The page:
FM: No. Although he holds a political position, his work is very technical. He’s in charge of overseeing some projects. He is not involved with whatever political decisions President Yameen makes about former President Gayoom or former President Nasheed. He is not within that close circle. So [Ghassan] can go to work, do his job and go home everyday and come back with integrity.
OK: Since last year, Mr Nasheed started calling for Mr Yameen’s resignation. Nearly 20,000 people came on the streets at one point. Did that not make you revise your impression of Mr. Yameen?
FM: One thing may be that our assessment of numbers is different. But you must appreciate our position. President Gayoom has done something that not many politicians are able to do. Midterm, he has decided that things have become so bad that he had to withdraw his support. Now this not normally done – it is not the done thing. For a long time, he has refrained from doing so – we have advised him, others have advised him for more than eighteen months now – that things were becoming very bad. At the time you mentioned, we had started realizing that things were not going as we hoped. But when it came to the opposition protests, we again closed ranks. At the time, we were very firmly behind President Yameen. When a bit of a confrontation occurs with your political opponents, you tend to forget your differences and then regroup. That’s what happened in May last year. But we were still trying internally. I know with President Nasheed’s arrest, we asked [Yameen], why the rush? We had this almost magical opportunity at the end of 2013, early 2014, that there was really no vocal opposition. If we had played wisely, let the opposition have its views, not go after them, but try and simmer down these political divides, then we had a really good opportunity to do that for about nine months. But I believe it was a mistake to start going after political opponents. It heated this thing up. We were trying to influence the president, asked him why there was a rush to lock people up, to bring about huge sentences, and said that we needed to move on. From that stage on, our advice was rejected.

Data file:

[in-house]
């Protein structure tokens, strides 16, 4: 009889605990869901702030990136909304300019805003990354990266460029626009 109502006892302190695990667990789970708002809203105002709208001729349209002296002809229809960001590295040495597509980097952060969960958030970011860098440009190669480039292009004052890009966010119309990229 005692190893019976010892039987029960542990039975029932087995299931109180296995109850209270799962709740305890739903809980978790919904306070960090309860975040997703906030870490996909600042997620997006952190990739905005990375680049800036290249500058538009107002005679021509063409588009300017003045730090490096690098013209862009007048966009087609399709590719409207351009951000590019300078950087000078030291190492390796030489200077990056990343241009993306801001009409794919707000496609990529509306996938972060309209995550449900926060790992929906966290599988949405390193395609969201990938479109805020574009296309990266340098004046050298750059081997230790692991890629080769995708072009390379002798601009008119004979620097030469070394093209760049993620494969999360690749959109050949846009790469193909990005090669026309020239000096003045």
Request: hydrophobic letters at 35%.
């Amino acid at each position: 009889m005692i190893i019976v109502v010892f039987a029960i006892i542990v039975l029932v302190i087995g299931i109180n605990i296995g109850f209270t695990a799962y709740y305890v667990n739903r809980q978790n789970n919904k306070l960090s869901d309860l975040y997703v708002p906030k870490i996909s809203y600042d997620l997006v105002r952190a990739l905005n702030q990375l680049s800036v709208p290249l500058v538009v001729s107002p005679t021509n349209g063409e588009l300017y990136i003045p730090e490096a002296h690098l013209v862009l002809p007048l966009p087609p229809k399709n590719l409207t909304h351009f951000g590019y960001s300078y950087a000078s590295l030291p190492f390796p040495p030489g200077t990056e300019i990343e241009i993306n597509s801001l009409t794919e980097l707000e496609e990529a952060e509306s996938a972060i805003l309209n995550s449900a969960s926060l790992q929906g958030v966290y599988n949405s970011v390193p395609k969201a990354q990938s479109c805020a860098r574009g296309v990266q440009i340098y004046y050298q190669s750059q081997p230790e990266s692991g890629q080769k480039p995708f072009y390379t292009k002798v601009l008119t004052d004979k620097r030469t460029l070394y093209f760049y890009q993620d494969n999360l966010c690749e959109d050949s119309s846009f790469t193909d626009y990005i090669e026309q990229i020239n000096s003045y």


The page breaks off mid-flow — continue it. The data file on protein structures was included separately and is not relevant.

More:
OK: Since then and until recently, there have been overt and covert attempts made to bring about a transition of government. What do you think goes wrong?